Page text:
New Mexico is on the verge of changing into the subsequent state to legalize leisure marijuana

It is far from certain that New Mexico will join the ranks of many other states that have passed measures to legalize recreational cannabis. The penultimate hurdle came after the Democratic-controlled legislature pushed several new bills through both chambers on Wednesday and sent them to the desk of Governor Michelle Lujan Grisham, who is campaigning for legislation to legalize marijuana.

Despite criticism from Republican lawmakers that other laws were more important and urgent for the people of New Mexico, the pro-cannabis lawmakers used a special two-day term to pass a law legalizing marijuana for adults over the age of 21 and a related law Say goodbye to extinguishing a host of previous marijuana beliefs.

In refuting claims made by Republican lawmakers, Governor Grisham has suggested that “legalized adult cannabis is one of the best steps we can take in our work to build a true 21st century New Mexico economy.” She continued, “And New Mexicans are more than ready: polls after polls have shown our state wants this opportunity.”

Once signed, New Mexico legislation would continue to expand sales of legal recreational pots in the American Southwest through April 2022. New Mexico would join 16 other states that have now legalized recreational marijuana, with New York set to be the youngest this Wednesday after Governor Cuomo signed the bill into law. More importantly, New Mexico can compete with states in the region that have already been legalized, including California, Colorado, and Arizona, which passed laws earlier this year.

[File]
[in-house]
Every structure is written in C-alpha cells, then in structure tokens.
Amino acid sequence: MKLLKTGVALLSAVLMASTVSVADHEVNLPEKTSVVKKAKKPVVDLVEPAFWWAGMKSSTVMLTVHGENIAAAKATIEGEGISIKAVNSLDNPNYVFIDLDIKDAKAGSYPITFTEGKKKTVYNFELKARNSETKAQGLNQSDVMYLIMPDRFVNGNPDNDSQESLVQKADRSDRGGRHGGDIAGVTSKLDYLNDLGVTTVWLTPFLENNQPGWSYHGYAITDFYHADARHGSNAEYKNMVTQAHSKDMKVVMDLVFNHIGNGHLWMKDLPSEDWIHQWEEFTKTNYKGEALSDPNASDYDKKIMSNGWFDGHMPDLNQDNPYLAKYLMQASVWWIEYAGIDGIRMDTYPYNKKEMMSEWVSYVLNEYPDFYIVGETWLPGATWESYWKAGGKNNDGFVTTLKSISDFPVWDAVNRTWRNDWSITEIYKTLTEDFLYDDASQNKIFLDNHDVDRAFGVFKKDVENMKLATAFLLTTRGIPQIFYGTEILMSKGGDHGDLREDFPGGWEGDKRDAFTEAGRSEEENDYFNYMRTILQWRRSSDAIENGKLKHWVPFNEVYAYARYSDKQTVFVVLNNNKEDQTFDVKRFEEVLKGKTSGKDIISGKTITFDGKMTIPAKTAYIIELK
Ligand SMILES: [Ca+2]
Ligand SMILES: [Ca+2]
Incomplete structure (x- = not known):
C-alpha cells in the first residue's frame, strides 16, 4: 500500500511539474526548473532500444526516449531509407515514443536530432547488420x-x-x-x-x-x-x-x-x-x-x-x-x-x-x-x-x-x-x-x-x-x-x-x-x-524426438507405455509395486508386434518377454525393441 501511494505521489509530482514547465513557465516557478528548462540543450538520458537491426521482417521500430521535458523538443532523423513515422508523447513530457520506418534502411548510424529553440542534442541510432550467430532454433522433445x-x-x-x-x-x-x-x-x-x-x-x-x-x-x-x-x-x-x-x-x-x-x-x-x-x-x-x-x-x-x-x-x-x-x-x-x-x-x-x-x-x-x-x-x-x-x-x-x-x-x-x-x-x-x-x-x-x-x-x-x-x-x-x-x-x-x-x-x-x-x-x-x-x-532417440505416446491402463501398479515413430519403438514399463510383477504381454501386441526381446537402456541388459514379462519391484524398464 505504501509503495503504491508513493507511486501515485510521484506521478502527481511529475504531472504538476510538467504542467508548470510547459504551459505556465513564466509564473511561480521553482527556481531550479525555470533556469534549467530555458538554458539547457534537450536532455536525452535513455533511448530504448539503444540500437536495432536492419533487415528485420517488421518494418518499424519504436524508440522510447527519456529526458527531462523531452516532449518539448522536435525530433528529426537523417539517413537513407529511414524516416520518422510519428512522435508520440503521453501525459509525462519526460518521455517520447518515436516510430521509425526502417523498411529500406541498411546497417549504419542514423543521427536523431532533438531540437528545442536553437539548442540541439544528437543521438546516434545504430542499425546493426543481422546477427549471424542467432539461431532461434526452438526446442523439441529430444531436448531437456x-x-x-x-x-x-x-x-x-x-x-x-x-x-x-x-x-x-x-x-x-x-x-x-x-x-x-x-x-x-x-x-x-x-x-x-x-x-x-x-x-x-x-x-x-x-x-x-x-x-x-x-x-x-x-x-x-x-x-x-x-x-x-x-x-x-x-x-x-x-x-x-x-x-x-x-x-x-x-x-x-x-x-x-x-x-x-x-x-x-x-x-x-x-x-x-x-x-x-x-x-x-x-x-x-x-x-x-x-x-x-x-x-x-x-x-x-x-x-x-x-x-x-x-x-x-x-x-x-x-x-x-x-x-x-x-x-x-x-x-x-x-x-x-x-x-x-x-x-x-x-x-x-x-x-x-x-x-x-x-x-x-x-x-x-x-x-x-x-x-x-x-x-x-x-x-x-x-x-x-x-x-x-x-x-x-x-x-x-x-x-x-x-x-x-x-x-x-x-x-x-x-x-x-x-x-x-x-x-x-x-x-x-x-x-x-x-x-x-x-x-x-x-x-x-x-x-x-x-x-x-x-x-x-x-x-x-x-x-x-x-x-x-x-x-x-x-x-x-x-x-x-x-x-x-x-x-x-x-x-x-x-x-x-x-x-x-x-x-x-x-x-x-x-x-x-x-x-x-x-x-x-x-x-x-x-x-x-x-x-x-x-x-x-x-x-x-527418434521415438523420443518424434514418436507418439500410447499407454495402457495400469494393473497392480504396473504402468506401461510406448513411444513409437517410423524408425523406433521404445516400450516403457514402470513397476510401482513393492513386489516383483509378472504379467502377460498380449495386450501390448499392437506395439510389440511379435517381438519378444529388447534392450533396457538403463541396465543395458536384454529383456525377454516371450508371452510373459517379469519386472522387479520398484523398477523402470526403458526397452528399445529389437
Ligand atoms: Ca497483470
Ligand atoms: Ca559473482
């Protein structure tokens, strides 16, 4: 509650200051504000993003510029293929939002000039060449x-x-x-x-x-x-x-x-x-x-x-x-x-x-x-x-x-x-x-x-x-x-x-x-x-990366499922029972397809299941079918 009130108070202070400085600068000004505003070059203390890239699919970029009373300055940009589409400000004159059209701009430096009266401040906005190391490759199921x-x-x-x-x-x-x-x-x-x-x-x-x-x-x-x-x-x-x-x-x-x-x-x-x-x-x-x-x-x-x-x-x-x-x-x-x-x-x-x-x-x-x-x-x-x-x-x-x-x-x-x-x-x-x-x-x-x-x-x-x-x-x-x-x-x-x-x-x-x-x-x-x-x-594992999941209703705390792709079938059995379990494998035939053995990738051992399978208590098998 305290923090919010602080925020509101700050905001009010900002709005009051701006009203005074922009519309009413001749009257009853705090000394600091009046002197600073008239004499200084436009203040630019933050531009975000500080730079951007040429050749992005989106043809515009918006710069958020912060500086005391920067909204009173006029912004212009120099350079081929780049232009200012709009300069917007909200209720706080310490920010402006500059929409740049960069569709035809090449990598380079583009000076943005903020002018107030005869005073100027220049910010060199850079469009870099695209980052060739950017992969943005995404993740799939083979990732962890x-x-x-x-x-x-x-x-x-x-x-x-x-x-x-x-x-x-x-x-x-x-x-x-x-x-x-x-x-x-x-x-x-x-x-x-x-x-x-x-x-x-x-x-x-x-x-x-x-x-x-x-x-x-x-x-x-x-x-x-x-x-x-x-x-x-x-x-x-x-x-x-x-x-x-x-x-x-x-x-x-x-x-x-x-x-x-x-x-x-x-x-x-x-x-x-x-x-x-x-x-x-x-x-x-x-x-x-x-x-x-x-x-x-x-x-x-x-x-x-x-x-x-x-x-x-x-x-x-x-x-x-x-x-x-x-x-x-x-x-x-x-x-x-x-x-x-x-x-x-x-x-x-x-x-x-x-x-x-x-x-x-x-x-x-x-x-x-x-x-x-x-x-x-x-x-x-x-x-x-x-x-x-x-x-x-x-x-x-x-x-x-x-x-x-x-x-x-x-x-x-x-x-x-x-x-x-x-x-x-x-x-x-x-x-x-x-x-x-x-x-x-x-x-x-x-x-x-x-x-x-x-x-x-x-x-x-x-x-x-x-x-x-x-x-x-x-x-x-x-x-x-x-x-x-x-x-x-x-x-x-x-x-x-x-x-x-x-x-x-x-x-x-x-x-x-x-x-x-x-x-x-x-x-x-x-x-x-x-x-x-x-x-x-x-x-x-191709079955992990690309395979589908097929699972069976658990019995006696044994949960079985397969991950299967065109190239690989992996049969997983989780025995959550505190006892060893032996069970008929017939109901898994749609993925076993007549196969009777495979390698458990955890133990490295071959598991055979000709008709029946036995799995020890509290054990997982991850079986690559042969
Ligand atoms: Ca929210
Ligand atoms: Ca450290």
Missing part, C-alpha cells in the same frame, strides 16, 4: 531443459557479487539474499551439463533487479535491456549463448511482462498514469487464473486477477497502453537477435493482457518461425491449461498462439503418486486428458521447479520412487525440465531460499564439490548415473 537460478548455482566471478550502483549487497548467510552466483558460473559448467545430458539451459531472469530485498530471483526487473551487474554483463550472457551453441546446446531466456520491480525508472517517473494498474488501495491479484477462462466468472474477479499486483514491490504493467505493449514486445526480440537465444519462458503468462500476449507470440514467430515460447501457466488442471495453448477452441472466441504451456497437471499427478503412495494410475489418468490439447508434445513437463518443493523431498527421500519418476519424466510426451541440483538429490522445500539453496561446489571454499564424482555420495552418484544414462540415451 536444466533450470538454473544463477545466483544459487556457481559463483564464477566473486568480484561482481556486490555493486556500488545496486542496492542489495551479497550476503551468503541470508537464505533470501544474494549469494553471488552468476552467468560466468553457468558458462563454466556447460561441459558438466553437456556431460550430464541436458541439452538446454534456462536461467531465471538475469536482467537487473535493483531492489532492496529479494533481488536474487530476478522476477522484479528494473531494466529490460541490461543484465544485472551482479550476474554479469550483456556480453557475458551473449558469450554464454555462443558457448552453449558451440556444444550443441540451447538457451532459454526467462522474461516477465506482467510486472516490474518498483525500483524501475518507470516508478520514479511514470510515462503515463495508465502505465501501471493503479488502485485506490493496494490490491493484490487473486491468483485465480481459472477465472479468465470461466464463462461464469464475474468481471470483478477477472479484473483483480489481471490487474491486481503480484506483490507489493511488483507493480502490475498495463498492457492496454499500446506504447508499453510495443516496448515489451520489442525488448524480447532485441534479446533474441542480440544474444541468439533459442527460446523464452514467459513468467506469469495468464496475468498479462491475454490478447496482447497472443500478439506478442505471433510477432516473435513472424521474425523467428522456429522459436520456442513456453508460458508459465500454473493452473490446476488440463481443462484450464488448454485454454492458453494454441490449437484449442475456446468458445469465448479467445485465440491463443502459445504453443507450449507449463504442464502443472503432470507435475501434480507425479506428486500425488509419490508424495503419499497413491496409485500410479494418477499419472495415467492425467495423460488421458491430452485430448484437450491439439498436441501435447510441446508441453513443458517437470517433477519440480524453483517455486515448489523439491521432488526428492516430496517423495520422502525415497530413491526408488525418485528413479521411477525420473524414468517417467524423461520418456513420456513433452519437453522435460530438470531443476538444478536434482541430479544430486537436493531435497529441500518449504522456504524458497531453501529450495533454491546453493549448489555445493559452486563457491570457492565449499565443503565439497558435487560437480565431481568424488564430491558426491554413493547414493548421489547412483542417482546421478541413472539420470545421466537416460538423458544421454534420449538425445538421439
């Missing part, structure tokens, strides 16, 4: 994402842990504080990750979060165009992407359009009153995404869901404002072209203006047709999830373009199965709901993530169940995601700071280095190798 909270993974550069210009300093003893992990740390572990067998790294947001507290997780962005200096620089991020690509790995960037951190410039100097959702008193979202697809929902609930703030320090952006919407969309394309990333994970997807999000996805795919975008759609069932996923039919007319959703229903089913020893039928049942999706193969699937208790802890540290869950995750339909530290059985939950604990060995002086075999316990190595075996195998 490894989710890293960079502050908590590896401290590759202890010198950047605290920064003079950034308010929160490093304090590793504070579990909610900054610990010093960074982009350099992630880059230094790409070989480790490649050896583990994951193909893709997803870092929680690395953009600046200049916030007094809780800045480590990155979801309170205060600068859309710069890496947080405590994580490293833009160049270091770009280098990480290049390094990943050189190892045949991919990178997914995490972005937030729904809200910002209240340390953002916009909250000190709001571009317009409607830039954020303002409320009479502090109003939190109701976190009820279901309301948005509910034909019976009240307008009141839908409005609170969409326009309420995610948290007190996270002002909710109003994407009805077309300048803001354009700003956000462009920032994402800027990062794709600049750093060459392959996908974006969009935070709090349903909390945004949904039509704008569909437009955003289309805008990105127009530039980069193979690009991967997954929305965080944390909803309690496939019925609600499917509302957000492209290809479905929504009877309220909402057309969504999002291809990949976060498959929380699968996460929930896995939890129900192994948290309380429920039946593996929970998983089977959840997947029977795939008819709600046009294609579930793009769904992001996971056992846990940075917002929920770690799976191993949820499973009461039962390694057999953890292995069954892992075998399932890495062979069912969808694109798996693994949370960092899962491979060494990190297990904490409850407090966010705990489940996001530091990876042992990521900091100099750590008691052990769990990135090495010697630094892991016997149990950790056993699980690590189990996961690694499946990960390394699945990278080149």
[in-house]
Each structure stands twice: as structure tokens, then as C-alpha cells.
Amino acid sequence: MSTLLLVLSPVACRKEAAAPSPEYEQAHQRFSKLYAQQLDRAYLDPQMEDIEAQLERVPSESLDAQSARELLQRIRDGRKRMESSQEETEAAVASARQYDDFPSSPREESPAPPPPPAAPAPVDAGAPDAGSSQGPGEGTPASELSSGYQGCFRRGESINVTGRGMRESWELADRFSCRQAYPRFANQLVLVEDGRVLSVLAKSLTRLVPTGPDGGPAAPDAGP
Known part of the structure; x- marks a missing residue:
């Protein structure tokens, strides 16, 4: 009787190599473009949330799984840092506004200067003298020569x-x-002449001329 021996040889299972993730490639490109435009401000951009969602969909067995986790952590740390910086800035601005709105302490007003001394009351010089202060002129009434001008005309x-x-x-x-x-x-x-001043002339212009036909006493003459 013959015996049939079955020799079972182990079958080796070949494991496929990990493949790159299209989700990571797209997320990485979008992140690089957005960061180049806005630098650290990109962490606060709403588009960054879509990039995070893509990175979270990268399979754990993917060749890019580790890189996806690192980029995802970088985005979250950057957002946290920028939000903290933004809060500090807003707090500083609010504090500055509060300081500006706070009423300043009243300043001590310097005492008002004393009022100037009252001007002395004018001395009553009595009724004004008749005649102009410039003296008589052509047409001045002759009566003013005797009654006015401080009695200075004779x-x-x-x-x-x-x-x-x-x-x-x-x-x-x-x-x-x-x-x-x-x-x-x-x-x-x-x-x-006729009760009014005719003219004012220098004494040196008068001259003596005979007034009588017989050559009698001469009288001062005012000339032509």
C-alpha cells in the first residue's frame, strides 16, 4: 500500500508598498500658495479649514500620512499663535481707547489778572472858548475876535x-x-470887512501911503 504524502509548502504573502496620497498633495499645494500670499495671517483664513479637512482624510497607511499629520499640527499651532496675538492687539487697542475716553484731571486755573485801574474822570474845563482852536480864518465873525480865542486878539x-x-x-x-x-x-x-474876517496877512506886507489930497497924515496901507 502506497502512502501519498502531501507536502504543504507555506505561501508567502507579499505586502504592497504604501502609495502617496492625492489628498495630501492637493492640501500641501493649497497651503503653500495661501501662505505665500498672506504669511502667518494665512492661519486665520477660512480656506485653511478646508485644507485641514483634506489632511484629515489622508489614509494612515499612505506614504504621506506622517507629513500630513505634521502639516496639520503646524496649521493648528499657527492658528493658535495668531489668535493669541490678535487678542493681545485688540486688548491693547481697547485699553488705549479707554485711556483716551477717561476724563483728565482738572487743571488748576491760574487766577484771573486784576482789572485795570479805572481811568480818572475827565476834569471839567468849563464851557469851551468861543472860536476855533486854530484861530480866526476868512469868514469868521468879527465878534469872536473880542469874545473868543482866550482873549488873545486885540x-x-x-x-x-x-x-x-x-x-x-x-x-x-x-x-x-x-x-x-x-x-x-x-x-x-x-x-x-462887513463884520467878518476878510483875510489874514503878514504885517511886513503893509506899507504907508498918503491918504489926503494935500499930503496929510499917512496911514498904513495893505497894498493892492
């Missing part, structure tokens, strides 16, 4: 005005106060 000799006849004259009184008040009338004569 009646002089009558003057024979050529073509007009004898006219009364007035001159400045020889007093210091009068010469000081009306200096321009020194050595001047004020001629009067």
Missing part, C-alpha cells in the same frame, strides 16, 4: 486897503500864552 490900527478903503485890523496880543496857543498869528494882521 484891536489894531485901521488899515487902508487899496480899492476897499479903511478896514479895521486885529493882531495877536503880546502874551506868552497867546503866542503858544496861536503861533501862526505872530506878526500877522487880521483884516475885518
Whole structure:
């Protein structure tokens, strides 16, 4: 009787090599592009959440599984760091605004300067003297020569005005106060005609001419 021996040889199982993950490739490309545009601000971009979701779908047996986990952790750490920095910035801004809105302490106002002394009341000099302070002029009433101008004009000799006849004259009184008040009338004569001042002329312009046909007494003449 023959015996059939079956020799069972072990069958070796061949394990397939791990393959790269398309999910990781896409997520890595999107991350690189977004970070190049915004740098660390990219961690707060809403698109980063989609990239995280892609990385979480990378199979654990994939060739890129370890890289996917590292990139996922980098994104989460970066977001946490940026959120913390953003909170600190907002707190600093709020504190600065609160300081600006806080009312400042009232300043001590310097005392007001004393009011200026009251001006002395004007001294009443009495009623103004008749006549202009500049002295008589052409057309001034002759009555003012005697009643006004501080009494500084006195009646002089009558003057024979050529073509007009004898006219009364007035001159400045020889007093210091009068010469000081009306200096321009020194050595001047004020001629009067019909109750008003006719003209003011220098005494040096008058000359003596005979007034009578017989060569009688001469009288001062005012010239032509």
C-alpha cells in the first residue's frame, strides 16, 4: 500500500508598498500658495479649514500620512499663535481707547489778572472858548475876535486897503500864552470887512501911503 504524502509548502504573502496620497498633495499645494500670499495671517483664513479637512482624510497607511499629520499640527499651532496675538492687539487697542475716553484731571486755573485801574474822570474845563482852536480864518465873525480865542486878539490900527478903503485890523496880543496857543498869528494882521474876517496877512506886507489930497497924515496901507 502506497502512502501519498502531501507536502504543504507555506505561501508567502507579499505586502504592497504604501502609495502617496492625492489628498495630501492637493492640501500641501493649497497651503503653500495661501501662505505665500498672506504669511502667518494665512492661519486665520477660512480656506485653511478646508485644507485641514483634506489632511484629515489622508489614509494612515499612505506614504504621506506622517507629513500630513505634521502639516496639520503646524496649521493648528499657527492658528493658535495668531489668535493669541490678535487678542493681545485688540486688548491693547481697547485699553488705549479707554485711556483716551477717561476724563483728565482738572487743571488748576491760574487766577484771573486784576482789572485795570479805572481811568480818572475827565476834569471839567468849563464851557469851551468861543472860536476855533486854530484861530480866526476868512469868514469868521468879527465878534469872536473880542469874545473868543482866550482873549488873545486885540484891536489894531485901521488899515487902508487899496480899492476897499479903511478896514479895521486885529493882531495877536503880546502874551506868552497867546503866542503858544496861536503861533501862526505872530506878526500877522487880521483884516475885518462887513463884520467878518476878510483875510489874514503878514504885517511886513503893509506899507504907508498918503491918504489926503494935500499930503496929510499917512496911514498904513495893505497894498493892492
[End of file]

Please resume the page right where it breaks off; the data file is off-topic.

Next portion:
New Mexico Recreational Weed Bill seeks to repair the damage from the war on drugs

The range of legislative measures includes an initial excise duty of 12 percent on recreational cannabis sales, which would eventually increase to 18 percent. This tax would be in addition to the current gross income tax on sales between 5% and 9% per year.

Cannabis possession would be decriminalized if residents were allowed to keep 21 and over up to 57 grams of marijuana for personal use. In addition, residents could grow up to 6 plants or 12 plants per household at home.

The legislation would also reform existing medical cannabis laws by eliminating sales tax on medical marijuana and trying to ensure medical care for all communities.

The other major component of this legislation would focus on communities that have suffered disproportionately from the criminalization of marijuana and strict police policies. Albuquerque Democratic Representative Javier Martinez, a major sponsor of the Legalization Act, believes this law will protect many marginalized citizens.

“The United States of America is in the midst of a fundamental change in this regard,” said Rep. Martinez. “This bill begins to repair the damage caused by the ban.”

After signing the law, not only would subsequent drug abuse criminal convictions of about 100 current prisoners be re-examined, but previous drug offenses would not automatically prevent applicants from applying for licenses for marijuana businesses. In addition, the smell of marijuana or suspicion of possession would no longer be enough to stop, search, and detain people.

How the Recreational Cannabis Program is Conducted in New Mexico

MP Martinez strongly supports measures in the new bill that would bring more justice to communities that may otherwise not have access to the cannabis market. Small producers can apply for micro-licenses with low annual fees through a cannabis control department and grow up to 200 marijuana plants, package and sell their own products.

As a co-sponsor of the Legalization Act, Representative Deborah Armstrong suggests that New Mexico recognize the drawbacks of early legalization in other states by making child-resistant packaging for marijuana users.

Under the new law, state oversight of the cannabis industry would largely be delegated to a governor-appointed superintendent of the Regulatory and Licensing Department. The superintendent would license marijuana companies for a processing fee. Initially, the agency would also have the authority to limit marijuana production by large producers, thereby maintaining leverage on market offers and prices. Local governments would have the power to regulate the locations and hours of operation of pharmacies, but ultimately would not be able to ban the development of marijuana businesses.

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